Mitochondrial β-oxidation spiral starts with three enzymes that use long chain fatty acyl-CoAs as substrates: long chain acyl-CoA dehydrogenase (LCAD), very long chain acyl-CoA dehydrogenase (LCAD) and Acyl-CoA dehydrogenase family member 9 (ACAD9). While the former seem to be less specific and can accommodate bulkier substrates with branched chains or with acyl moiety containing heterocyclic groups, the latter two are more specific to very long (greater than 16 carbons chain length) saturated acyl-CoAs, and very long unsaturated acyl-CoAs, respectively. 

Another potential physiological role that is being investigated is the possible role of LCAD and ACAD9 in synthetic pathways. Evidence that ACAD9 and LCAD likely function in lipid recycling and synthesis in human brain and lung, respectively, supported by their unique substrate utilization and tissue distribution pattern. Furthermore, this study examines several fibroblast cell lines suspected of being ACAD9-deficient. Genetic analysis of patients’ ACAD9 gene at the genomic level and its RNA transcript have revealed an unusual complexity being investigated further.

Structure and function relationship investigation is also under way to identify specific regions of the VLCAD involved in interaction with other mitochondrial structures, including the inner mitochondrial membrane and CPT II.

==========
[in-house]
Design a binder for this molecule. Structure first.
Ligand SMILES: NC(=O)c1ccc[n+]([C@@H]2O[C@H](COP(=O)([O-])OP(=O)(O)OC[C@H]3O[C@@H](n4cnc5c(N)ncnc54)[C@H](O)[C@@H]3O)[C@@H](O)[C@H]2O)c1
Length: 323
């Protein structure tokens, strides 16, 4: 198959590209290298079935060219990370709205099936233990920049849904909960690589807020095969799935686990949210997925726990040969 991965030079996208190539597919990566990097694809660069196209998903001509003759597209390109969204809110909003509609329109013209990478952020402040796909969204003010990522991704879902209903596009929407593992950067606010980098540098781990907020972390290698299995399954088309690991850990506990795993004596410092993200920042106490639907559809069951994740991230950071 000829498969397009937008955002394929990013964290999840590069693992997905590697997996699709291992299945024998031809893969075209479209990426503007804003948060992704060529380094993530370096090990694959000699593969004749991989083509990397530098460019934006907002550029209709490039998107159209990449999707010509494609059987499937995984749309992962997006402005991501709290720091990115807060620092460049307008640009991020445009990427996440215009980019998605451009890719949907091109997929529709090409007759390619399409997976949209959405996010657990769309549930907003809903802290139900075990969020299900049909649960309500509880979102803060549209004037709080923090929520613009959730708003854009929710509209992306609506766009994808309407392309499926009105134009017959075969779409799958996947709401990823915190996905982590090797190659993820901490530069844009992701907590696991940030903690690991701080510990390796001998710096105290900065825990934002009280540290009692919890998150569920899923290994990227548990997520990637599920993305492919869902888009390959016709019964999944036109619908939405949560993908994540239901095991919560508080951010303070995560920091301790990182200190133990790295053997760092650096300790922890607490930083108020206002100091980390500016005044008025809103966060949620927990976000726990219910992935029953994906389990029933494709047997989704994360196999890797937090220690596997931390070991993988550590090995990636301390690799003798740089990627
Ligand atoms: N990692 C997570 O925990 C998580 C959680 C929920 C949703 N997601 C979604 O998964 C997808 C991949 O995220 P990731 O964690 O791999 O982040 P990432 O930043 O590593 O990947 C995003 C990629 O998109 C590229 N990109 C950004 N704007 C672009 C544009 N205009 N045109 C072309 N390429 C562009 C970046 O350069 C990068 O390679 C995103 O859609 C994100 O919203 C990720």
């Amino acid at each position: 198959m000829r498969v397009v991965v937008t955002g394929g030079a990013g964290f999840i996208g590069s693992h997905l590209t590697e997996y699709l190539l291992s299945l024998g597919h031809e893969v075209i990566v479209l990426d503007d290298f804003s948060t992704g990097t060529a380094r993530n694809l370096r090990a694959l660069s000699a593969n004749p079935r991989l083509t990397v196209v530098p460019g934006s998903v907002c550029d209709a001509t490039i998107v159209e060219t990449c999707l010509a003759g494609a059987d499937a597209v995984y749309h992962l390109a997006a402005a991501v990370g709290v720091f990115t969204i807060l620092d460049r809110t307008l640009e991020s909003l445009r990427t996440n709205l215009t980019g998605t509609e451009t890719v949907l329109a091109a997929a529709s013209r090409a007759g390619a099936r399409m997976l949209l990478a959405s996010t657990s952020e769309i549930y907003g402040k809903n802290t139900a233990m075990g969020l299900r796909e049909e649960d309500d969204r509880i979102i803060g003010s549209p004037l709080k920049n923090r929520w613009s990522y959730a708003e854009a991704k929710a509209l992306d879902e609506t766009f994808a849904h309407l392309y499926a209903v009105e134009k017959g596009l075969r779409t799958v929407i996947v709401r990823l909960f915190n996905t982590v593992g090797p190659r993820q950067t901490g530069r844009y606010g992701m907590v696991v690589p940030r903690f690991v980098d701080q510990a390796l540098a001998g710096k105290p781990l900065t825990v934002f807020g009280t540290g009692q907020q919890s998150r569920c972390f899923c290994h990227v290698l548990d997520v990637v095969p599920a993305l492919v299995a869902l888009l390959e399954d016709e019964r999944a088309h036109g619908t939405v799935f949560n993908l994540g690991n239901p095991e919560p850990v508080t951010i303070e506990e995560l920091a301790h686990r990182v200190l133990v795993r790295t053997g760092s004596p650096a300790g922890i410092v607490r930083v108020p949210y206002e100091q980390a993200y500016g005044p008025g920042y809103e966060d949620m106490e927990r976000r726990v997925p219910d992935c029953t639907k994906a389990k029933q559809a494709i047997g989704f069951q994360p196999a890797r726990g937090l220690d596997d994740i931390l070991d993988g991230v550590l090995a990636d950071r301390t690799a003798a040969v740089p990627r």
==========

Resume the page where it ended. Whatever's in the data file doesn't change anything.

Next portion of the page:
Using site directed mutagenesis researchers have identified amino acid residues that add significant stability to the VLCAD protein manifested in increased recombinant enzyme production, purification yield, and enzyme activity, expression. These are located at the C-terminus region, an area that has not been resolved by X-ray crystallography. It’s likely that the replaced residues either directly or indirectly contribute to wild type instability when they are not interacting with their physiological partner.

Principal Investigator
Al-Walid A. Mohsen, PhD

Last Update
August 14, 2010
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Last Update
August 14, 2010